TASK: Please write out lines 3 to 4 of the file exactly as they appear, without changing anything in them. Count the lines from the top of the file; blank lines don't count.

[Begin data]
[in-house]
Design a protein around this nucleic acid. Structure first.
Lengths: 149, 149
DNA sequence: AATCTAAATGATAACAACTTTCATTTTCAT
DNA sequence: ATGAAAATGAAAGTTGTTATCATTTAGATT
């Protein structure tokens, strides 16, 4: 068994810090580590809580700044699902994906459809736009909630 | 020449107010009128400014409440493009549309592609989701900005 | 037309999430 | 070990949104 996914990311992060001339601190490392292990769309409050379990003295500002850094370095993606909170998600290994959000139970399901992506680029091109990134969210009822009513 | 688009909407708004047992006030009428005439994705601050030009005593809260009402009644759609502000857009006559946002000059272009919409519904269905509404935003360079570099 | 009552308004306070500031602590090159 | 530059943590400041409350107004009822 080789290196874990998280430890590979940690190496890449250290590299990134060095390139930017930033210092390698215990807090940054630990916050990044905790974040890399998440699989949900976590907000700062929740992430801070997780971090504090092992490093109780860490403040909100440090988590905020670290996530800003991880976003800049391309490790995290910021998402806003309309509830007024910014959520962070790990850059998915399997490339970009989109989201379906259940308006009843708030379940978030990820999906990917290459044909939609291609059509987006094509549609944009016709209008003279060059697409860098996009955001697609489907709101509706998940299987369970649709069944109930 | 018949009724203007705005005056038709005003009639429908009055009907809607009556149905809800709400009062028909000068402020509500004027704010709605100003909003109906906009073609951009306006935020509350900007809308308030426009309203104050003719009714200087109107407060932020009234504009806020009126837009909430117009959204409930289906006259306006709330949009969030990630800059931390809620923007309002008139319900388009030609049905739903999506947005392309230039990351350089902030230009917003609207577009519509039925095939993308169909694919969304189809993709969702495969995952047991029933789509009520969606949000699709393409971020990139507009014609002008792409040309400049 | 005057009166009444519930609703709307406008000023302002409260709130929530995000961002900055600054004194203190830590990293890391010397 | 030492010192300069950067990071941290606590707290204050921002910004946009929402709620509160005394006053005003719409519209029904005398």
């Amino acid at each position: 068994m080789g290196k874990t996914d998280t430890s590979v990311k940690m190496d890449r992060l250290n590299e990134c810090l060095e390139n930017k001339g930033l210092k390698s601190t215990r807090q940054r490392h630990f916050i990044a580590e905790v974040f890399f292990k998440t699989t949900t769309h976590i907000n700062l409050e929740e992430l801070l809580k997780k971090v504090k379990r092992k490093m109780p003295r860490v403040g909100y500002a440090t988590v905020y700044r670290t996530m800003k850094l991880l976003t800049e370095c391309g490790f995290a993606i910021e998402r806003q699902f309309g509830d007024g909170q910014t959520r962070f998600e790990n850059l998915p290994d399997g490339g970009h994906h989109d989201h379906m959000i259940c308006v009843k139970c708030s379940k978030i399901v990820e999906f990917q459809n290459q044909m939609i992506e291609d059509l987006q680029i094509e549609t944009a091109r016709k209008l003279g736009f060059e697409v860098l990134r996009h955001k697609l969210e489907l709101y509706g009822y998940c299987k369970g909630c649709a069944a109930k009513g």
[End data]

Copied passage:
Lengths: 149, 149
DNA sequence: AATCTAAATGATAACAACTTTCATTTTCAT